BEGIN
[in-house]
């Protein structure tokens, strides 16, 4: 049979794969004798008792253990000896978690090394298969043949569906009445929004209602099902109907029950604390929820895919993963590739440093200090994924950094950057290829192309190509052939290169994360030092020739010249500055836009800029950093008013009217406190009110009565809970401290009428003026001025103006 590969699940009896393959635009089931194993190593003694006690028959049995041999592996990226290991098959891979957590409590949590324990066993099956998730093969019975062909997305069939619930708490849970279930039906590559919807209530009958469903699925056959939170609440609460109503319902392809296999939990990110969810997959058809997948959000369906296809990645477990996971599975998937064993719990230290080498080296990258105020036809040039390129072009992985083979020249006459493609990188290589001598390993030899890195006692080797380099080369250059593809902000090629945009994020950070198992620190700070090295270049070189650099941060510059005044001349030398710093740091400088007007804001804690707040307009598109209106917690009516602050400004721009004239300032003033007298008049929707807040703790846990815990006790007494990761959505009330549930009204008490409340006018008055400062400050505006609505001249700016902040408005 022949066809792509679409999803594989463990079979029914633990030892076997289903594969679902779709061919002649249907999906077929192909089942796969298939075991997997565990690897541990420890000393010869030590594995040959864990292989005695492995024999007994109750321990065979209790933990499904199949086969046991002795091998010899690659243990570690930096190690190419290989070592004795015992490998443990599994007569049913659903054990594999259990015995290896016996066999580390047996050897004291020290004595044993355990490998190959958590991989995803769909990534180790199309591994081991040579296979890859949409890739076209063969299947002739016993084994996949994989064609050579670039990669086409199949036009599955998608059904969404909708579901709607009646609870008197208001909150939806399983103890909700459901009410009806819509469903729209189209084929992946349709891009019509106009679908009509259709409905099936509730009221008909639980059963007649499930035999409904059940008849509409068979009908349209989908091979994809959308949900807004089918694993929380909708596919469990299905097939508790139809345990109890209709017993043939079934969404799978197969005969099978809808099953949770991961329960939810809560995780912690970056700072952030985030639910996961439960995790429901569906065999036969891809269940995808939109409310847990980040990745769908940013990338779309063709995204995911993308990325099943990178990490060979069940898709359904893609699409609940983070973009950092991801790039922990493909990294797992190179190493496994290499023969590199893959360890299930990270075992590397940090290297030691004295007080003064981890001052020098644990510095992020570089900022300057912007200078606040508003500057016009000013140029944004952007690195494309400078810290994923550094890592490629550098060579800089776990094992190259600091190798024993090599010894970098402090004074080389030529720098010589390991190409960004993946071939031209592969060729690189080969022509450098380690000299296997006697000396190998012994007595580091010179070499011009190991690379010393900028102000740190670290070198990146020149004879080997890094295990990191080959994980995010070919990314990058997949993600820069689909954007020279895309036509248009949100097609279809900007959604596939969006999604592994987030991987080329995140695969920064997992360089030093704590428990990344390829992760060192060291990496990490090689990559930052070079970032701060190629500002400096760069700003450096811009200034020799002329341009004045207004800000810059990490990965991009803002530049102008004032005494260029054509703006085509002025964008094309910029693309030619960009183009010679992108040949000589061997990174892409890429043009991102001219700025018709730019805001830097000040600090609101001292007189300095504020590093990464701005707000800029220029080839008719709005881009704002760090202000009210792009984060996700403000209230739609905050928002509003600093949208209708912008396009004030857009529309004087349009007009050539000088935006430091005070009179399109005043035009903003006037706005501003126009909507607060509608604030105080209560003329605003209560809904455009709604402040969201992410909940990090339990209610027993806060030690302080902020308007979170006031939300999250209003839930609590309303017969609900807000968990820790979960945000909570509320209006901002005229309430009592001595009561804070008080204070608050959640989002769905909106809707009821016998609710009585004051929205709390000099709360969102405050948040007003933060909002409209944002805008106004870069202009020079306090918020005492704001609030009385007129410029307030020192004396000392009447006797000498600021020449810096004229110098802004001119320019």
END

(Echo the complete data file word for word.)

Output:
[in-house]
């Protein structure tokens, strides 16, 4: 049979794969004798008792253990000896978690090394298969043949569906009445929004209602099902109907029950604390929820895919993963590739440093200090994924950094950057290829192309190509052939290169994360030092020739010249500055836009800029950093008013009217406190009110009565809970401290009428003026001025103006 590969699940009896393959635009089931194993190593003694006690028959049995041999592996990226290991098959891979957590409590949590324990066993099956998730093969019975062909997305069939619930708490849970279930039906590559919807209530009958469903699925056959939170609440609460109503319902392809296999939990990110969810997959058809997948959000369906296809990645477990996971599975998937064993719990230290080498080296990258105020036809040039390129072009992985083979020249006459493609990188290589001598390993030899890195006692080797380099080369250059593809902000090629945009994020950070198992620190700070090295270049070189650099941060510059005044001349030398710093740091400088007007804001804690707040307009598109209106917690009516602050400004721009004239300032003033007298008049929707807040703790846990815990006790007494990761959505009330549930009204008490409340006018008055400062400050505006609505001249700016902040408005 022949066809792509679409999803594989463990079979029914633990030892076997289903594969679902779709061919002649249907999906077929192909089942796969298939075991997997565990690897541990420890000393010869030590594995040959864990292989005695492995024999007994109750321990065979209790933990499904199949086969046991002795091998010899690659243990570690930096190690190419290989070592004795015992490998443990599994007569049913659903054990594999259990015995290896016996066999580390047996050897004291020290004595044993355990490998190959958590991989995803769909990534180790199309591994081991040579296979890859949409890739076209063969299947002739016993084994996949994989064609050579670039990669086409199949036009599955998608059904969404909708579901709607009646609870008197208001909150939806399983103890909700459901009410009806819509469903729209189209084929992946349709891009019509106009679908009509259709409905099936509730009221008909639980059963007649499930035999409904059940008849509409068979009908349209989908091979994809959308949900807004089918694993929380909708596919469990299905097939508790139809345990109890209709017993043939079934969404799978197969005969099978809808099953949770991961329960939810809560995780912690970056700072952030985030639910996961439960995790429901569906065999036969891809269940995808939109409310847990980040990745769908940013990338779309063709995204995911993308990325099943990178990490060979069940898709359904893609699409609940983070973009950092991801790039922990493909990294797992190179190493496994290499023969590199893959360890299930990270075992590397940090290297030691004295007080003064981890001052020098644990510095992020570089900022300057912007200078606040508003500057016009000013140029944004952007690195494309400078810290994923550094890592490629550098060579800089776990094992190259600091190798024993090599010894970098402090004074080389030529720098010589390991190409960004993946071939031209592969060729690189080969022509450098380690000299296997006697000396190998012994007595580091010179070499011009190991690379010393900028102000740190670290070198990146020149004879080997890094295990990191080959994980995010070919990314990058997949993600820069689909954007020279895309036509248009949100097609279809900007959604596939969006999604592994987030991987080329995140695969920064997992360089030093704590428990990344390829992760060192060291990496990490090689990559930052070079970032701060190629500002400096760069700003450096811009200034020799002329341009004045207004800000810059990490990965991009803002530049102008004032005494260029054509703006085509002025964008094309910029693309030619960009183009010679992108040949000589061997990174892409890429043009991102001219700025018709730019805001830097000040600090609101001292007189300095504020590093990464701005707000800029220029080839008719709005881009704002760090202000009210792009984060996700403000209230739609905050928002509003600093949208209708912008396009004030857009529309004087349009007009050539000088935006430091005070009179399109005043035009903003006037706005501003126009909507607060509608604030105080209560003329605003209560809904455009709604402040969201992410909940990090339990209610027993806060030690302080902020308007979170006031939300999250209003839930609590309303017969609900807000968990820790979960945000909570509320209006901002005229309430009592001595009561804070008080204070608050959640989002769905909106809707009821016998609710009585004051929205709390000099709360969102405050948040007003933060909002409209944002805008106004870069202009020079306090918020005492704001609030009385007129410029307030020192004396000392009447006797000498600021020449810096004229110098802004001119320019």